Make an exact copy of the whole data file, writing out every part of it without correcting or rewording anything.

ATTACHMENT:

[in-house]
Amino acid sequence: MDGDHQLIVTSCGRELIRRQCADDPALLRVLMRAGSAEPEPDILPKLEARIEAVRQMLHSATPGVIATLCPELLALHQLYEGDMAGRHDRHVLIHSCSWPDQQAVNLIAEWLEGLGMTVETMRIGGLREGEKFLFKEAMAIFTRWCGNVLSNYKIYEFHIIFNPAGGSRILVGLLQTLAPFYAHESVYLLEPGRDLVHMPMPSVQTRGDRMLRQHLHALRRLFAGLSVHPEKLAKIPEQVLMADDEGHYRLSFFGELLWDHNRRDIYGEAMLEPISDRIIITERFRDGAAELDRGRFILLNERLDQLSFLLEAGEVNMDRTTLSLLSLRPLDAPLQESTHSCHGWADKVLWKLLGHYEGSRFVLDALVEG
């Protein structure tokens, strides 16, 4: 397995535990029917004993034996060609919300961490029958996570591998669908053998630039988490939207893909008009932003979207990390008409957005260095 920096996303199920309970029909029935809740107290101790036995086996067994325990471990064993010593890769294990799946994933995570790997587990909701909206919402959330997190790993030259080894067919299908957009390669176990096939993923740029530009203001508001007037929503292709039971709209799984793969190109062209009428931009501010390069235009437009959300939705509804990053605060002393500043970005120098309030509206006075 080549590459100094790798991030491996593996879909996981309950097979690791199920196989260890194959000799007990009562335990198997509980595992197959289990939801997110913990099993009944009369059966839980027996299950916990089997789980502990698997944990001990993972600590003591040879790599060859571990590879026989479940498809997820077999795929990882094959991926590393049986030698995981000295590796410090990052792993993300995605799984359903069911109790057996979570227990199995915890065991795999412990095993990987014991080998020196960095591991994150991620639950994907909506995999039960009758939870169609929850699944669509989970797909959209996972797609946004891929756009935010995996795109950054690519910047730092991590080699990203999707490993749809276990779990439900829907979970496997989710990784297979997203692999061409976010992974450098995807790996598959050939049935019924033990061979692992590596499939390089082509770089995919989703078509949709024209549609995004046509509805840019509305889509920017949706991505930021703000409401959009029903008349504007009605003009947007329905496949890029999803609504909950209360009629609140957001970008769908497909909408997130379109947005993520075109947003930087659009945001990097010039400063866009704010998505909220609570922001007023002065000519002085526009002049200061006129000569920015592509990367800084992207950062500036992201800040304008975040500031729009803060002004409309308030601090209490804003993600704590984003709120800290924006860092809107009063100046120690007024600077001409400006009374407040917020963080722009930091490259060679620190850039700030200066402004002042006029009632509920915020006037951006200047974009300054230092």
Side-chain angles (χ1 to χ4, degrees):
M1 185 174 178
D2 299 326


[in-house]
Amino acid sequence: MDGDHQLIVTSCGRELIRRQCADDPALLRVLMRAGSAEPEPDILPKLEARIEAVRQMLHSATPGVIATLCPELLALHQLYEGDMAGRHDRHVLIHSCSWPDQQAVNLIAEWLEGLGMTVETMRIGGLREGEKFLFKEAMAIFTRWCGNVLSNYKIYEFHIIFNPAGGSRILVGLLQTLAPFYAHESVYLLEPGRDLVHMPMPSVQTRGDRMLRQHLHALRRLFAGLSVHPEKLAKIPEQVLMADDEGHYRLSFFGELLWDHNRRDIYGEAMLEPISDRIIITERFRDGAAELDRGRFILLNERLDQLSFLLEAGEVNMDRTTLSLLSLRPLDAPLQESTHSCHGWADKVLWKLLGHYEGSRFVLDALVEG
């Protein structure tokens, strides 16, 4: 397995535990029917004993034996060609919300961490029958996570591998669908053998630039988490939207893909008009932003979207990390008409957005260095 920096996303199920309970029909029935809740107290101790036995086996067994325990471990064993010593890769294990799946994933995570790997587990909701909206919402959330997190790993030259080894067919299908957009390669176990096939993923740029530009203001508001007037929503292709039971709209799984793969190109062209009428931009501010390069235009437009959300939705509804990053605060002393500043970005120098309030509206006075 080549590459100094790798991030491996593996879909996981309950097979690791199920196989260890194959000799007990009562335990198997509980595992197959289990939801997110913990099993009944009369059966839980027996299950916990089997789980502990698997944990001990993972600590003591040879790599060859571990590879026989479940498809997820077999795929990882094959991926590393049986030698995981000295590796410090990052792993993300995605799984359903069911109790057996979570227990199995915890065991795999412990095993990987014991080998020196960095591991994150991620639950994907909506995999039960009758939870169609929850699944669509989970797909959209996972797609946004891929756009935010995996795109950054690519910047730092991590080699990203999707490993749809276990779990439900829907979970496997989710990784297979997203692999061409976010992974450098995807790996598959050939049935019924033990061979692992590596499939390089082509770089995919989703078509949709024209549609995004046509509805840019509305889509920017949706991505930021703000409401959009029903008349504007009605003009947007329905496949890029999803609504909950209360009629609140957001970008769908497909909408997130379109947005993520075109947003930087659009945001990097010039400063866009704010998505909220609570922001007023002065000519002085526009002049200061006129000569920015592509990367800084992207950062500036992201800040304008975040500031729009803060002004409309308030601090209490804003993600704590984003709120800290924006860092809107009063100046120690007024600077001409400006009374407040917020963080722009930091490259060679620190850039700030200066402004002042006029009632509920915020006037951006200047974009300054230092």
Side-chain angles (χ1 to χ4, degrees):
M1 185 174 178
D2 299 326